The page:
EBITDA: What should and should not be included in the calculation.

At Cardinal Capital, we often find ourselves in a position of comparing organizations in Louisiana with similar firms elsewhere in the United States.  The search for apples-to-apples is sometimes a challenge because, as we all know, we’re unique at this end of the Mississippi River and not all business are alike.  I recently wrote about the NPS (Net Promotor Score) as an indicator and ‘normalizer’ of business performance.  Another ‘normalizer’ is EBITDA.  A staple metric for finance and operations folks.

EBITDA is a basic and widely accepted normalizing adjustment for businesses.  It serves as a proxy for cash-flow when deriving business value.  It is a hind-site measure – it tells you what you did historically not what will happen tomorrow - where NPS is a forward-looking indicator.  EBITDA adds expenses from the income statement like interest, corporate income taxes, depreciation and amortization back into net income to determine the firm’s cash flow. An accepted metric or indicator of organizations overall ‘health’.

Normalizing EBITDA before seeking any macro financial transaction can help present the business in a more accurate position. We often find ourselves advising clients to be cautious with the level of “owner’s perks,” and other adjustments, they charge to the business. Below are four categories we run across when advising clients on EBITDA. 

1. Non-Recurring Expenses – These are expenses (or benefits) incurred by a business that wouldn’t normally affect the business’ profitability. Adjustments to this category might include (but aren’t limited to) insurance payouts, moving expenses, and losses from discontinuing operations (like flood losses). However, other typical non-recurring expenses like lawsuits may be questioned by a potential acquirer or lender if the business is in an industry known for frivolous lawsuits. In cases such as these, an acquirer or lender may deem lawsuits a normal, and recurring, business expense that needs to be accounted for in the financial statements and should not be normalized.

2. Personal Expenses – A broad category to say the least. Expenses like travel, meals, entertainment, personal insurance policies, and discretionary bonuses tend to get lumped into this section. Although these expenses can be normalized, that doesn’t mean they should be. We advise the expenses not related to business activities should not be charged to the business.

Here are a few examples:

  • Travel expenses: Recognizing that some may bill travel expenses not associated with the business activities through the business, owners can typically normalize these expenses.
  • Auto expenses: These are typical and acceptable adjustment, since some executives receive compensation or reimbursement for automobiles. The idea here is that an executive shouldn’t drive a car that would make them embarrassed to meet a client.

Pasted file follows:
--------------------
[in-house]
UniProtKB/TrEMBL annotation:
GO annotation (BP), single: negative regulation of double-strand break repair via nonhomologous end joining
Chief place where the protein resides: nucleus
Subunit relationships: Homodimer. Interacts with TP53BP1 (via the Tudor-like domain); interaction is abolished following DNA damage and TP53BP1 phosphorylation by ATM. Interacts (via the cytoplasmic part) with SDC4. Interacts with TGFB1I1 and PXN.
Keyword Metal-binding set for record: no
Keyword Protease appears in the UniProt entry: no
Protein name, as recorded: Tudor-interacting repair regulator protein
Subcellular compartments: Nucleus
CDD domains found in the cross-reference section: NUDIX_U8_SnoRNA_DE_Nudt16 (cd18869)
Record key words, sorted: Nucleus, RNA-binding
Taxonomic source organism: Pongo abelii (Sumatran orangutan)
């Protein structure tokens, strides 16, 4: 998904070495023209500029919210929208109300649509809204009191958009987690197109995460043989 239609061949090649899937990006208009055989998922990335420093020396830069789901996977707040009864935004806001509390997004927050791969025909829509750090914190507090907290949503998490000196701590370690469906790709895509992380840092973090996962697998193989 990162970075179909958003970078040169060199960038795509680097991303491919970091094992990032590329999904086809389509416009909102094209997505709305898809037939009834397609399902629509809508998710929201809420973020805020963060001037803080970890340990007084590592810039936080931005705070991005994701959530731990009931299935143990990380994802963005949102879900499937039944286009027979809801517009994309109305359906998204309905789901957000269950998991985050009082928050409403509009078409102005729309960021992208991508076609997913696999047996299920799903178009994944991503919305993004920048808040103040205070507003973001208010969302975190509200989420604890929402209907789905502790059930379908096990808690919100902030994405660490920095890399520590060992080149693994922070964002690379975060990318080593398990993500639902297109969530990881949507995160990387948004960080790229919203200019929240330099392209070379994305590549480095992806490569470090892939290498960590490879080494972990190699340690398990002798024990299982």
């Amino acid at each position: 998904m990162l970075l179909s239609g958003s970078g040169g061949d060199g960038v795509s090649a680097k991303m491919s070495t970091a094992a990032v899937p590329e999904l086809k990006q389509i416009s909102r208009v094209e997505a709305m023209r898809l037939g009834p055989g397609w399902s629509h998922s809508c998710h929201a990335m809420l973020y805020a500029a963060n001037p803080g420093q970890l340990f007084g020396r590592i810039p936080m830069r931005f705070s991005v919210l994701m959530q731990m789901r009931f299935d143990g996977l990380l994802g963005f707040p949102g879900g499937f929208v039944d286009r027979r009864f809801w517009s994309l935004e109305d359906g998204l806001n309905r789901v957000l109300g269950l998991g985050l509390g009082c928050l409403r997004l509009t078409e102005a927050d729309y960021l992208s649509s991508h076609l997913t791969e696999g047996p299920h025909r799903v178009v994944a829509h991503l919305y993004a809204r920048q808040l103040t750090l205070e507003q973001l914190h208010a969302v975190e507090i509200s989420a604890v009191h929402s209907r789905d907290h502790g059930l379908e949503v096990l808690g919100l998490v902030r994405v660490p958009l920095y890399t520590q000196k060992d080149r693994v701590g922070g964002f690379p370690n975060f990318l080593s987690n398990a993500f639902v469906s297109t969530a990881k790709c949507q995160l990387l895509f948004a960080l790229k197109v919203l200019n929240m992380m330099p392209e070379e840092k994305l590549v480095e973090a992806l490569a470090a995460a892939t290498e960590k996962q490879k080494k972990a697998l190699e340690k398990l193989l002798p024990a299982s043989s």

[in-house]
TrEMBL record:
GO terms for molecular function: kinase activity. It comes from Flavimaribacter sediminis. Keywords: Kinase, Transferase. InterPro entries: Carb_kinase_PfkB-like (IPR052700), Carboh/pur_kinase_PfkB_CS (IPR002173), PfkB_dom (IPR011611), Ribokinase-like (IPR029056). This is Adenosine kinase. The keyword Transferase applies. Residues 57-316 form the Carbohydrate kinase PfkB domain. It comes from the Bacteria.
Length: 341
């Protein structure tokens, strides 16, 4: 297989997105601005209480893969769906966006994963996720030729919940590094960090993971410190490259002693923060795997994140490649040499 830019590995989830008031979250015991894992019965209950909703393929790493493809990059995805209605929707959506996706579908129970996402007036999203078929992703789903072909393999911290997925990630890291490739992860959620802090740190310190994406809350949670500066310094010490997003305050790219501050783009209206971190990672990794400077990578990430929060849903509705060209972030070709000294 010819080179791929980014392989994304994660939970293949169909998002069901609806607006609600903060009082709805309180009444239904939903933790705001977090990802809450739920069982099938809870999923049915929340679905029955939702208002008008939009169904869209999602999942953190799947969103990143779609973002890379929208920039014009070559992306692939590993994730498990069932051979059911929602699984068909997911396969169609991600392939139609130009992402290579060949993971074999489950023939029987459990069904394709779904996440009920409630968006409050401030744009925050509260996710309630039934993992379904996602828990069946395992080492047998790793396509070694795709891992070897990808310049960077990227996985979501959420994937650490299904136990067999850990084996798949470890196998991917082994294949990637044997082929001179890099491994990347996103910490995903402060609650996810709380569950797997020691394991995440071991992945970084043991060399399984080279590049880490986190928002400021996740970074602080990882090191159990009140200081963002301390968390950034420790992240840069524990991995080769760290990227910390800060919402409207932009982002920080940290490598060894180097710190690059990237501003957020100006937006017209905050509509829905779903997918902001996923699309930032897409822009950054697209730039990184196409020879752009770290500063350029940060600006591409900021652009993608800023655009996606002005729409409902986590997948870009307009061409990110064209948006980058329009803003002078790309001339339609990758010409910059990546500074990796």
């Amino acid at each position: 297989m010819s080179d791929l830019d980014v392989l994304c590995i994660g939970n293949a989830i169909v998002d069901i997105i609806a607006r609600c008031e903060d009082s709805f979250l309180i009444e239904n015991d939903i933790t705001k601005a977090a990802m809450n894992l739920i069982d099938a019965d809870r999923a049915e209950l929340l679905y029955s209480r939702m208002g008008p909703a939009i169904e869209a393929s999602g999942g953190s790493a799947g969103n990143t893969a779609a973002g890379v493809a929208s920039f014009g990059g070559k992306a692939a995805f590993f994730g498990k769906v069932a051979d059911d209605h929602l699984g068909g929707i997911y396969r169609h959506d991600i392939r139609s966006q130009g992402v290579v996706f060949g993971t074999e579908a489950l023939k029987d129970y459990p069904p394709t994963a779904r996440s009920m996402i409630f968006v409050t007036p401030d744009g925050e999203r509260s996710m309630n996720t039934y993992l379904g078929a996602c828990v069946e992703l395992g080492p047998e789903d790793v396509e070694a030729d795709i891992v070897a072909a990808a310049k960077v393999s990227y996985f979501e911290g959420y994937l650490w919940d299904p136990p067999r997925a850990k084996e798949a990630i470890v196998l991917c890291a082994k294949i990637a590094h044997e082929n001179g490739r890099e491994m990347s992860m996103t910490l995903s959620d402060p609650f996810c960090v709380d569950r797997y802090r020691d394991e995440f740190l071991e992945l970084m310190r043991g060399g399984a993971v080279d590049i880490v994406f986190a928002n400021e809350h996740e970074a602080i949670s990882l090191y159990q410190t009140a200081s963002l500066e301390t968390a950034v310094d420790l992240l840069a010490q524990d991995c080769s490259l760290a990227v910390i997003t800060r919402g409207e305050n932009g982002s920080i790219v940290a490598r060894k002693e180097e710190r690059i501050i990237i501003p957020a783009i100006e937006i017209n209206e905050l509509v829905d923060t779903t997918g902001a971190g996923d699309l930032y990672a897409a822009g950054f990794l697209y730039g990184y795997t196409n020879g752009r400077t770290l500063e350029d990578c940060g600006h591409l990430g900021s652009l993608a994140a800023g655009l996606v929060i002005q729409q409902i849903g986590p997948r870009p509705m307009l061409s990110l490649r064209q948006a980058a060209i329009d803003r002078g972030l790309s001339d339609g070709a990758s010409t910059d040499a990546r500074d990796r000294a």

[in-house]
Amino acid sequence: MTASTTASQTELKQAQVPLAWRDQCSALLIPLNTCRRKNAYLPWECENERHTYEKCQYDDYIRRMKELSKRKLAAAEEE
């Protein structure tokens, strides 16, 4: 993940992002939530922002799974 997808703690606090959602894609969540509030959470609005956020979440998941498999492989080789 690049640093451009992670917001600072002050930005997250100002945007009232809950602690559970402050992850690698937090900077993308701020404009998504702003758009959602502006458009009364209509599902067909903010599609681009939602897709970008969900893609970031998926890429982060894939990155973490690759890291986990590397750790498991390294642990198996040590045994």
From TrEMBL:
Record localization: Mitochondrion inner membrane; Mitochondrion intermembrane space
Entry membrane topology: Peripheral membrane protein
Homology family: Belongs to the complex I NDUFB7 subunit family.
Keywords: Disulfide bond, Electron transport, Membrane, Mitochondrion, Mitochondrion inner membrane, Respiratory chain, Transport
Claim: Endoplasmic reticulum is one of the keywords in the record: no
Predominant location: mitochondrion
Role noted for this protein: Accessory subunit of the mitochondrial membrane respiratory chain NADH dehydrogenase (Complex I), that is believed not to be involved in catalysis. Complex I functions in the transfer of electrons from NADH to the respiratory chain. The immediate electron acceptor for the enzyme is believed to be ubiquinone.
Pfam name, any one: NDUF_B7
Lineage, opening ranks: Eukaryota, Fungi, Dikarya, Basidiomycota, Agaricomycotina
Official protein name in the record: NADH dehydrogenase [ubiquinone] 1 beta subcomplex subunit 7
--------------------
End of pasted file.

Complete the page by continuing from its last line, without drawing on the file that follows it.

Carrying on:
• Meals: In most instances, meals should not be eligible. However, exceptions do apply. For example, meal expenses related to selling the business, which are non-recurring in nature and are not related to normal business operations, but are related to the ongoing nature of the business can be included.
  • Entertainment: Entertainment can be vague, which makes it a popular area for owner perks like LSU and Saints tickets. Like other categories, entertainment should be related to business activities, but when exceptions do take place, they can be included.
  • Personal insurance policies, cell phones, and other related perks: These are generally acceptable since they are usually related to the business owner’s involvement in the business.

3. Excess Family Member Salaries – Like personal expenses, some owners provide family members with compensation in excess of what they would pay someone else to do the same job. Considering expenses like these would go away following a sale or refinance – presumably the acquirer would only pay fair market wages.

4. Charitable Contributions – Charitable contributions may be good for your karma and can be normalized in most instances. However, if, for example, a business works with healthcare operations like hospitals, then normalizing charitable contributions to an existing or prospective client’s fishing tournament may be considered a sales and marketing expense.

We hope this quick explanation on EBITDA adjustments provides some clarity on what is (and is not) generally accepted as reasonable expense adjustments. Also keep in mind that from an ethical and transactional point of view, improperly charging expenses to the business may save some money now, but it could cost you more in the long run. We recommend reaching out to Cardinal Capital to address any lingering questions or concerns.

 

Cardinal Capital, LLC, Financial Consultants  No License Required, Baton Rouge, LA